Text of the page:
August 03, 2015 Practice Points

Judge Rules Against Washington Redskins in Trademark Decision Appeal

By Handel Destinvil

On June 8, 2015, U.S. Eastern District of Virginia Judge Gerald Bruce Lee's affirmed an earlier ruling by the federal Trademark Trial and Appeal Board, and held that the Washington Redskin's team name is ineligible for federal trademark protection under the Lanham Act as it is offensive to Native Americans. The Lanham Act bars trademark protection for names that "may disparage" or bring people into contempt or disrepute.

Redskins President Bruce Allen said the team will appeal the decision. In a statement, Allen said, he was "surprised by the judge's decision to prevent us from presenting our evidence in an open trial" and that he looks "forward to winning on appeal after a fair and impartial review of the case." "We are convinced that we will win because the facts and the law are on the side of our franchise that has proudly used the name Redskins for more than 80 years," Allen also added.

On administrative appeal, the Redskins had argued that cancellation of its trademark infringed on its free-speech rights because it required the government to judge whether the name is offensive. It also contended that there was not enough factual evidence to show that a significant number of Native Americans opposed the name at the time the team registered its trademarks in 1967, 1974, 1978, and 1990.

In rejecting the team's free-speech argument, Lee cited a U.S. Supreme Court ruling last month, Walker v. Texas Division, Sons of Confederate Veterans, allowing the state of Texas to bar depictions of the Confederate battle flag on specialty license plates sought by the Sons of Confederate Veterans. In following that case, Lee said federal law allows the government to exercise editorial control over the content of the trademark registration program, equating trademark registration to government speech as opposed to private speech.

Ray Halbritter, Oneida Indian Nation Representative and the leader of Change the Mascot, a national campaign to end the use of "redskins" as a mascot and NFL team name, issued a statement in response to Allen, which tied into the broader national conversations occurring around the Confederate flag:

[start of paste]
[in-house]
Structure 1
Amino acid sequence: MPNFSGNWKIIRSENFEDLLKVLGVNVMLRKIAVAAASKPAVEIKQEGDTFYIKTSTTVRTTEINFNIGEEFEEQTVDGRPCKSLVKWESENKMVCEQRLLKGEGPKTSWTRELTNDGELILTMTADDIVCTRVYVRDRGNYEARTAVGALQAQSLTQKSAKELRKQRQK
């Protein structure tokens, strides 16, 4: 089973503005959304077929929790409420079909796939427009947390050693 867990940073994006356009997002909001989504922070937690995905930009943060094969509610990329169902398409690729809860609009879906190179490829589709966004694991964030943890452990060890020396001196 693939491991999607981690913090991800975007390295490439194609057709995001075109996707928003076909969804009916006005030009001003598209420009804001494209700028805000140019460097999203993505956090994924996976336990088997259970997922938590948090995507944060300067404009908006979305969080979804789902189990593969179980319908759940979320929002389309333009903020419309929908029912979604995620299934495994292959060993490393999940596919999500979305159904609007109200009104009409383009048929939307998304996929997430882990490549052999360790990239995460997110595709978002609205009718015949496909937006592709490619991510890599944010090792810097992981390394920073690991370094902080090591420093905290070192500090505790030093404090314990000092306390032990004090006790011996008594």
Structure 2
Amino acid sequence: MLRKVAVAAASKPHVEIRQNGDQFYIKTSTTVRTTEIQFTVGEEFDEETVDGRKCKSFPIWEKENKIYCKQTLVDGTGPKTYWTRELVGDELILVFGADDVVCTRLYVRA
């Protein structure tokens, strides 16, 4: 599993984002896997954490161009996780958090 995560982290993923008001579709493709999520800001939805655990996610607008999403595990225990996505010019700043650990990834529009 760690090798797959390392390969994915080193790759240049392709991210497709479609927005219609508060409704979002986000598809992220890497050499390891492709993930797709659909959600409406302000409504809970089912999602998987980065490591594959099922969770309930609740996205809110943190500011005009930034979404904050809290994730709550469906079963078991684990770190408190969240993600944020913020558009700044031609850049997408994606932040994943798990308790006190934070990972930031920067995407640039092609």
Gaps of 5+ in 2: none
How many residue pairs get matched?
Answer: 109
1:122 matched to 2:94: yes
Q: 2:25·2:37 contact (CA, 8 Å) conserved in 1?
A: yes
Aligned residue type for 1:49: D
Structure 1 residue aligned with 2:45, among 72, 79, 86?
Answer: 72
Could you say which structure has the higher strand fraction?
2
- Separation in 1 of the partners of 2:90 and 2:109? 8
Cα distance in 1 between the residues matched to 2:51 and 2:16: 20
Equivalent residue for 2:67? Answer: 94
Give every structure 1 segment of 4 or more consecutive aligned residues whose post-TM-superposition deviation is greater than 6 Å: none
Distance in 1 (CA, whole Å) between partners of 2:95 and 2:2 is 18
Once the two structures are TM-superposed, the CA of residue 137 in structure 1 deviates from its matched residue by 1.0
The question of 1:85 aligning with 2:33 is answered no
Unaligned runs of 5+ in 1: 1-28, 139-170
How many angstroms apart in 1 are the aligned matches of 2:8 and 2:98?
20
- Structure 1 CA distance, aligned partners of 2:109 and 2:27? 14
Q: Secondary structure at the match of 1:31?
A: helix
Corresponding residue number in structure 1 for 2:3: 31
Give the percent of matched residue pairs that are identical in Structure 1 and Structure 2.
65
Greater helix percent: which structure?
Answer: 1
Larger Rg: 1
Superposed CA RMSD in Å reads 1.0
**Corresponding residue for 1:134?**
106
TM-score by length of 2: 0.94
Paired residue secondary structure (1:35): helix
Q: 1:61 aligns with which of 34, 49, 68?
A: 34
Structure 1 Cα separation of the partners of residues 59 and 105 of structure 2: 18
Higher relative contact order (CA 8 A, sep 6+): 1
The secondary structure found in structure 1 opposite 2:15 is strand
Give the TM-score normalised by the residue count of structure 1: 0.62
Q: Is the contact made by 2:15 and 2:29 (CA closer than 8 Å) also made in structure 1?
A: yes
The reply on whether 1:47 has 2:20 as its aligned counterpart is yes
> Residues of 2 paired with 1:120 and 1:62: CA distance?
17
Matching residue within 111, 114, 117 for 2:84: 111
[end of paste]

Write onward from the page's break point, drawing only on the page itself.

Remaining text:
If something happening decades ago was reason alone to continue doing it, then America would still have Jim Crow laws and Confederate flags would still be flying on top of state capitol buildings. Bruce Allen's comments perfectly illustrate why the NFL has a crisis on its hands: at a time when America is demanding an end to outdated symbols of bigotry, one of the league's teams insists on continuing to promote, market and profit off an offensive and racist symbol.

In his ruling, Lee ordered the federal Patent and Trademark Office to cancel the registration. The judge made clear, however, that the team is still free to use the name if it wishes, and that the ruling has no effect on the team's ownership of and right to use the Redskins name and logo. Rather, the practical effect of the ruling will be that the team will lose some legal protections related to holding a federal registration of a trademark and have a more difficult time in substantively proving a claim of trademark infringement in the future.

In the interim, the team's trademark registrations will remain valid while the case is appealed.

Keywords: minority trial lawyer, litigation, Washington Redskins, trademark, Lanham Act, NFL, mascot

Handel Destinvil, Esq., is with the Superior Court of New Jersey in Essex Vicinage in Newark, New Jersey.


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